Lynda's lawn bowling court. So happy to see it put to use.
Tried to send this blog several days ago but it didn't to so will try again.
I haven’t done the blog in a few weeks and thought I’d better catch everyone up on ‘things’. I’ve not made any great achievements yet…well I did have a ba dang court constructed (lawn bowling) but I don’t consider that any big deal…if it had been a bing bong table, that would have been different! I feel settled in my village but am still finding new faces and new surprises. The pictures of the weavers were two of those finds.
Rice planting is in full swing and it’s an interesting process. When I first visited Chaiyaphum in March, the fields were in upheaval, weed full and ugly. Now they have been ploughed and sowed and the first plantings stand 2 feet tall. It’s at this time that the plants are hand pulled and re-planted, two stalks at a time, in a different field. Many times in a field right next to the old one and sometimes a truck drive away. What an incredible, back breaking job, bending constantly at the waist, knee deep in water for hours at a time, working from day
A river of green
Different shades of green depending on the time of day
break until a lunch of rice and vegetables, mixed with small pieces of chicken or pork. Then resting at the site, laying under palm fond, roofed, platforms till the day cools and they can again work until night falls. I pass these people by on my bike and shout a sa wa dii ka and always get a response and smile back.
Silk is produced in many parts of Chaiyaphum and I’ve found several of my own neighbors who raise the worms and spin the silk. It is a fascinating process and some of the weaving and dying of the silk is an absolute work of art. The technique is passed from generation to generation, however, like other places in the world, the young people don’t want to learn the old methods. The fabric that the woman is holding in the one photo took a month just to dye the silk…she can’t even remember how long it took to weave the intricate design. There is also another weaving process that actually uses a loom. It is used mostly to make the traditional checkered cloth that is used by the men as a sash or pa sin and cotton is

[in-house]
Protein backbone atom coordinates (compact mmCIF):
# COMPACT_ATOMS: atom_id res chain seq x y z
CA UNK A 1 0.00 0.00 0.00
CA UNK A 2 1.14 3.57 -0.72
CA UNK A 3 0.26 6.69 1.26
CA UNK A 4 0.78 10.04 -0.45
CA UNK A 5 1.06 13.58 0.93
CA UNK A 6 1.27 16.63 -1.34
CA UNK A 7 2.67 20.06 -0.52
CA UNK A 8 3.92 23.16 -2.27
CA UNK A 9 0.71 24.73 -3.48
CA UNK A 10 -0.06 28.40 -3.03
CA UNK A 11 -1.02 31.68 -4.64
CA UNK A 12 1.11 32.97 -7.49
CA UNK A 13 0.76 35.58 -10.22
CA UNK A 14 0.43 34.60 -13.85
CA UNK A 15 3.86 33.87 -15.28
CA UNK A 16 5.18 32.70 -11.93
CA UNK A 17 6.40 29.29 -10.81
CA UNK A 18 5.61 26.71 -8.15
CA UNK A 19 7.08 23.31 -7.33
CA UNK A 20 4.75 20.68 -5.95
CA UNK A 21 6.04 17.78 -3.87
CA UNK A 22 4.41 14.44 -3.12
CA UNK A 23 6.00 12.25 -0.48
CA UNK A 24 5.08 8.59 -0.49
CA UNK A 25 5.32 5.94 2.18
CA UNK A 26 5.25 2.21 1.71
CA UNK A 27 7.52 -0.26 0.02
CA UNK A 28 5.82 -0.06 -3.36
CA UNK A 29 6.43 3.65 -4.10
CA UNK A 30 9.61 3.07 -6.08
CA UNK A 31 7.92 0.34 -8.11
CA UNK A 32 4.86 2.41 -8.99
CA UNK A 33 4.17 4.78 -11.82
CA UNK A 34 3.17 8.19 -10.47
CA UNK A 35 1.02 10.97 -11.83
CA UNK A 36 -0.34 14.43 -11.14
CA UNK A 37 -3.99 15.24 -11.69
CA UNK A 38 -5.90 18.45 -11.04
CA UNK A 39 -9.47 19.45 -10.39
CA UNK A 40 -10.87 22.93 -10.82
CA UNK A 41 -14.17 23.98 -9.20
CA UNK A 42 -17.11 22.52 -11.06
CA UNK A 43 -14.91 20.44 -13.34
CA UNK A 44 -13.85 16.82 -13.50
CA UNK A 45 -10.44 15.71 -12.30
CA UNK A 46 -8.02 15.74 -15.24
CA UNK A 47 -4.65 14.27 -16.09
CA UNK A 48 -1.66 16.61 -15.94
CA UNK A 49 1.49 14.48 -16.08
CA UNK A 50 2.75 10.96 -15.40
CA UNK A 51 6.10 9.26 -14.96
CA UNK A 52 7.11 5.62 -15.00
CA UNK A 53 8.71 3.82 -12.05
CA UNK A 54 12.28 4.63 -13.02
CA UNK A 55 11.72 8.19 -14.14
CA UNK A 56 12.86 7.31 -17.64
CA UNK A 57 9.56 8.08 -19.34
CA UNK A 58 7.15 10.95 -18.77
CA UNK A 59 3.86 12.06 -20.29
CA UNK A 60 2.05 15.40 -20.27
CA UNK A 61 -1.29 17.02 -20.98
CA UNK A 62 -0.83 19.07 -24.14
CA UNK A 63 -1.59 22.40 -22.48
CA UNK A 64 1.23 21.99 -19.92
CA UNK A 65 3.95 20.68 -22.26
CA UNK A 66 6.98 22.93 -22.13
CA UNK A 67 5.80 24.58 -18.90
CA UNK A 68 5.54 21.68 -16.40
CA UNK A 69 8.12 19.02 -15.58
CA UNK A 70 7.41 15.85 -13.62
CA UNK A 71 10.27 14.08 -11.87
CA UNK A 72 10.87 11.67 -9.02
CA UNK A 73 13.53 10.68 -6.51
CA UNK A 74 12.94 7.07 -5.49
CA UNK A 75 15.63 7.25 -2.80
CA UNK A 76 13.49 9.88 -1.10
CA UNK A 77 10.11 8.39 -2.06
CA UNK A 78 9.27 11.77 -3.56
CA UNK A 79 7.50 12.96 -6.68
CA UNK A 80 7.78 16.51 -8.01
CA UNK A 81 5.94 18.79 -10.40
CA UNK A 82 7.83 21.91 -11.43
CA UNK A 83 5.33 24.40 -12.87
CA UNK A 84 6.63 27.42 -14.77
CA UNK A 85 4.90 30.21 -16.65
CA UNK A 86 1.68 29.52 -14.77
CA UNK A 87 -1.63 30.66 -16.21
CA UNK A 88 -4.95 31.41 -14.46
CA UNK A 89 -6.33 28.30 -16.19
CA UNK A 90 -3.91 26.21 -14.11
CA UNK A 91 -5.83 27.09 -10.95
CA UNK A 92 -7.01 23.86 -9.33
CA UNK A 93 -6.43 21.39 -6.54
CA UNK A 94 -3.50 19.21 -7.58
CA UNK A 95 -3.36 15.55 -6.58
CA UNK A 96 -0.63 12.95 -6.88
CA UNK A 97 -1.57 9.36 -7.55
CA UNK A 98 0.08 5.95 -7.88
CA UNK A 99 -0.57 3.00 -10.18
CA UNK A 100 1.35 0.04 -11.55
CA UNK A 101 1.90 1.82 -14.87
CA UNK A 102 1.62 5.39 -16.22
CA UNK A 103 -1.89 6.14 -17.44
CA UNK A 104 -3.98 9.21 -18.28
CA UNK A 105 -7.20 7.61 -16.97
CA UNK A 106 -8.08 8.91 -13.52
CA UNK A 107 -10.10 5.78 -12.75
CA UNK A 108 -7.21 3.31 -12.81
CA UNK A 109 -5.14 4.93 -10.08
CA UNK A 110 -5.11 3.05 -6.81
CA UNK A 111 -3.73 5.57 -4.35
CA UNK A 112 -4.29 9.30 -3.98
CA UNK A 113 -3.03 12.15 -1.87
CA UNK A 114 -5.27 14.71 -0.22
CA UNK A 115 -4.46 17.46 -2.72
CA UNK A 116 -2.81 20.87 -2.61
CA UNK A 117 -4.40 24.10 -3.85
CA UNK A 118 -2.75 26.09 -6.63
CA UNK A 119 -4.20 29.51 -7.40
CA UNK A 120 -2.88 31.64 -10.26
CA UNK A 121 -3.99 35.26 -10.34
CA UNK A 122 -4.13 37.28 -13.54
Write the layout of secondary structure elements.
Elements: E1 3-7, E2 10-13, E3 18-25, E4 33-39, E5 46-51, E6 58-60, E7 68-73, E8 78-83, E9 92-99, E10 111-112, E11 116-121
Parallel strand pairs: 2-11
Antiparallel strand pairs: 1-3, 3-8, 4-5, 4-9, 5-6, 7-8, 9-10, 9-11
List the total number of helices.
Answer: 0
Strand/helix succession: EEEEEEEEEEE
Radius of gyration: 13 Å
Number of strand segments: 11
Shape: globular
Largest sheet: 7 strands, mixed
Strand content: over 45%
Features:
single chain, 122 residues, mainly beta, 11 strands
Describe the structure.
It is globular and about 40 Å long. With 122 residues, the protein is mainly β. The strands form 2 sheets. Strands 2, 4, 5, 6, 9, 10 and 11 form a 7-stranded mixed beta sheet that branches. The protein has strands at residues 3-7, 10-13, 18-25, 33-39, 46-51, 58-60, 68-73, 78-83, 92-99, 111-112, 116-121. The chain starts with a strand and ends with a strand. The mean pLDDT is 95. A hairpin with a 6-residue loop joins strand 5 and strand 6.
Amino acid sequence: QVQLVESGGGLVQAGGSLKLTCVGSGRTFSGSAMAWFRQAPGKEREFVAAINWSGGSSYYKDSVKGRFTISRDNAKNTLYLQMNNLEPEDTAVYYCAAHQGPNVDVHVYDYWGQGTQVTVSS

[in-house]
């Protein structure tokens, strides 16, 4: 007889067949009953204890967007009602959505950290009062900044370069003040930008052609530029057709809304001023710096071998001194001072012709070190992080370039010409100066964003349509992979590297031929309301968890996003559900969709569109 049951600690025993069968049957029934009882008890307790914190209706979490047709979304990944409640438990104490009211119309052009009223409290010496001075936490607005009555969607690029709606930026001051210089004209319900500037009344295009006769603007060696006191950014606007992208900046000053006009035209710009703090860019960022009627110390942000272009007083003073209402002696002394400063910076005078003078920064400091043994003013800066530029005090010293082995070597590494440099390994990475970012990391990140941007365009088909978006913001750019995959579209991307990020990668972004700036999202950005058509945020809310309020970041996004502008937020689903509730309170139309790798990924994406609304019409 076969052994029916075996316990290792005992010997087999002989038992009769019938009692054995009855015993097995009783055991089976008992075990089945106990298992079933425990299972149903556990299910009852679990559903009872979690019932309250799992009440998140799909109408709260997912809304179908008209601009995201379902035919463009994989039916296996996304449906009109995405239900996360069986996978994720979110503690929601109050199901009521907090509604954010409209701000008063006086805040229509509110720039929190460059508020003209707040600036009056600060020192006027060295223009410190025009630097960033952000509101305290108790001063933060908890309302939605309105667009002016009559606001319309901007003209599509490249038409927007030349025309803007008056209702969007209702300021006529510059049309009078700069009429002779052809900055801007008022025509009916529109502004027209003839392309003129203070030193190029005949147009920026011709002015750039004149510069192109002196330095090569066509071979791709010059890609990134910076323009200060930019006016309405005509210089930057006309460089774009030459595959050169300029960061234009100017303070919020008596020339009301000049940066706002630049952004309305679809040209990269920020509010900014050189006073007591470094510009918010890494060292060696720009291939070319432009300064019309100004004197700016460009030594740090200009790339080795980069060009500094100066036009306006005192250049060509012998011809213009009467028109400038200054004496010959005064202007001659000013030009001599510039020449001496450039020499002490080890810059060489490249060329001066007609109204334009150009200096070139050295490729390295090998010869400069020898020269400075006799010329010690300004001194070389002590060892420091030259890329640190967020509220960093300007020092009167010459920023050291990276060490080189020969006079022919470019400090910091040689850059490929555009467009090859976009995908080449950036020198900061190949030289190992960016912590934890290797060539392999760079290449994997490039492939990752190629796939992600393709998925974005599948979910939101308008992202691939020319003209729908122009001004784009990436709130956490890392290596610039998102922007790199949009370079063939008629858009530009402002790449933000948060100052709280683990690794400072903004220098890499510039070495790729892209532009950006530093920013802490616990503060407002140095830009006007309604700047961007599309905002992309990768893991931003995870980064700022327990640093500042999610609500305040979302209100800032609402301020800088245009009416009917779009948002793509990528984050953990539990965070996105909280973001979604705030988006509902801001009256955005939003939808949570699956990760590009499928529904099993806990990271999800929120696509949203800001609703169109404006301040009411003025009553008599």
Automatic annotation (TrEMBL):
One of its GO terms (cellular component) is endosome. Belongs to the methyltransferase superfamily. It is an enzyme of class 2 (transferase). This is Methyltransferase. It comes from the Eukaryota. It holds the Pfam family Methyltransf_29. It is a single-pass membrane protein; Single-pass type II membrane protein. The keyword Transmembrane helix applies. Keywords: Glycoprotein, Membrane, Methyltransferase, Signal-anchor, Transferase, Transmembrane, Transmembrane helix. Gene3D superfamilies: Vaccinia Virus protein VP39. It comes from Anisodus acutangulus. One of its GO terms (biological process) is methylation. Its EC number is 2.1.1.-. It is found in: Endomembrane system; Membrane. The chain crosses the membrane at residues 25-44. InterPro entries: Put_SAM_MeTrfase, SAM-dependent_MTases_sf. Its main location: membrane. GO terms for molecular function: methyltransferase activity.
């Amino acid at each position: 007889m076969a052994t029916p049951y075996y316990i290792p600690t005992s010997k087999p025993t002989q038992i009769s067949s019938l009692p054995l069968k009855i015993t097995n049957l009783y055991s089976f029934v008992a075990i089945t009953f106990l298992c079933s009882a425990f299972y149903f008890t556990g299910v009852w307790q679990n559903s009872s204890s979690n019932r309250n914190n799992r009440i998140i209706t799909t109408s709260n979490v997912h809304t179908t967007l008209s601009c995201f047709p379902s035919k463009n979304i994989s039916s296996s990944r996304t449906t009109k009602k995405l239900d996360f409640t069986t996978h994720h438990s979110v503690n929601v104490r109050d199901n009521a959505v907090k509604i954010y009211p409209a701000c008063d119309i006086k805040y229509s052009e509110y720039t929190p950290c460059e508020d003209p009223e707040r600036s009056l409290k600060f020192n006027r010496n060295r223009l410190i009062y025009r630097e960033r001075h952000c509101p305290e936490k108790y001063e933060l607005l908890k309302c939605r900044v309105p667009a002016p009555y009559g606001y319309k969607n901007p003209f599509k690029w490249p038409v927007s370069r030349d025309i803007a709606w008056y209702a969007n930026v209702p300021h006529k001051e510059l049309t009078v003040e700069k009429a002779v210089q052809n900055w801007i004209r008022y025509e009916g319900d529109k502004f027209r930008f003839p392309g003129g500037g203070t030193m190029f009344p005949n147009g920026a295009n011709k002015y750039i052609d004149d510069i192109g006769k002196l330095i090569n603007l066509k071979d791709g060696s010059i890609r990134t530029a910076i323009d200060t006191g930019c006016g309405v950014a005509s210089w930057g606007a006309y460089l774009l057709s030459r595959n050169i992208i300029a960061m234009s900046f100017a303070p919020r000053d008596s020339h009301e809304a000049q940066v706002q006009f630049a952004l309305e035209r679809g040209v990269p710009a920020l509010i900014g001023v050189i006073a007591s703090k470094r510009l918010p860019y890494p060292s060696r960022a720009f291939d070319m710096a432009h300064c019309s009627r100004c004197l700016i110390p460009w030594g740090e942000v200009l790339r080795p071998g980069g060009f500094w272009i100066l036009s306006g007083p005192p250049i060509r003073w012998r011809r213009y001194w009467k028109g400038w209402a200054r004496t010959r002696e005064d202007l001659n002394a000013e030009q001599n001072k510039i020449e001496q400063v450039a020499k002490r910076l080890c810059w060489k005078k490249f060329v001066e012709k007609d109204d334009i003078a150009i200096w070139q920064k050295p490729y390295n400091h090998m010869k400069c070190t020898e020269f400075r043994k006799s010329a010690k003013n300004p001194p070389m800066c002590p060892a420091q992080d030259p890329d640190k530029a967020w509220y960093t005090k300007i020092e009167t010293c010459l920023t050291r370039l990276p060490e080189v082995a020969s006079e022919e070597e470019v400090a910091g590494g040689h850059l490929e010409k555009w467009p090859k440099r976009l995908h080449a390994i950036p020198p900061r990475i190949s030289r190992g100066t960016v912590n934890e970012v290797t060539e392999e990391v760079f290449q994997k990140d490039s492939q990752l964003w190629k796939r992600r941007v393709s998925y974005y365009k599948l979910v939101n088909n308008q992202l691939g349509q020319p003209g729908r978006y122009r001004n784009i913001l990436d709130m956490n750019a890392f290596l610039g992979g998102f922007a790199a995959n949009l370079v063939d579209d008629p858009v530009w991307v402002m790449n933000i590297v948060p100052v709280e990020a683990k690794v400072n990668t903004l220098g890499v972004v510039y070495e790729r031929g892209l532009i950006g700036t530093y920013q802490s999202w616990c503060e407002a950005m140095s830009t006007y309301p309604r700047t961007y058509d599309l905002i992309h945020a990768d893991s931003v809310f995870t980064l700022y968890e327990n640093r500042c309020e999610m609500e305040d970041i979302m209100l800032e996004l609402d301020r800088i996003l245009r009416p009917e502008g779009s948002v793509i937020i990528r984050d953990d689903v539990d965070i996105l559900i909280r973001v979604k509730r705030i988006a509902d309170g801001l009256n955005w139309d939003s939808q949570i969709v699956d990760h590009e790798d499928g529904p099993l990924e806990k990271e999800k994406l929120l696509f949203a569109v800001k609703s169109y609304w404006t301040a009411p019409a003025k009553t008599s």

most often used.
The next couple of weeks I’ll be spending in Nakhon Ratchisima. The oldest human remains in Thailand were excavated here during the ‘90’s. Prasat Hin Phimai is also located in this jangwat. It is one of the biggest and most important religious sanctuaries found in Thailand. It was built between the 11th and 12th centuries by the Khmer Kingdom, approx 100 years before Angkor Wat in Cambodia. I left my camera cable at home and wasn't able to download any pictures for this blog but will do so next time around.
We are staying at a technical school in Klorat (Nakhon Ratchisima) and using the wifi the library. It's hard to connect and really slow so I won't be updating this site until sometime mid month when I get back to my site. It's kind of boring stuff we're learning...mostly paperwork that has to be completed for PC and the Thai government so we can justify being in Thailand. I was hoping it would be more like an extended vacation. Well, hope everyone has a great 4th of July. I think it will have special meaning for all of us who are living outside the
Ready for Replanting
Pulled, piled and ready to be moved to another field
country. We still have the BEST country in the world, even with all it's problems.
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i can not wait to visit
I read you blogs and talk about you constantly I plan on coming your way in about a year. I love the work you are doing for yourself and for others love kathy healey
Wow Lynda :-) You have been busy...I appreciate your posts and pictures, isn't it amazing how we can keep up even when oceans separate... As an FYI, the village in Burma that I was in a couple months ago just got attacked by the Burma Army...sigh...so the people are scattered and on the run again...it breaks your heart. I am hoping to get back in 2010 to work at our hostel in Bueng Klung and the clinic in Lay Ton Ku...I think we are full with 50 kids now and a few wanting to go to college in Chaing Mai and Chang Rai... I'll check back with you later! Blessings on you...keep smiling :-) Monty
Yes, Monty technology is a wonderful thing. I was hoping to get into Burma during my stay here but PC won't allow it do to State Dept advisories. It is heartbreaking to see what other people have to go through to simply survive. Take care and always good hearing from you. .....Lynda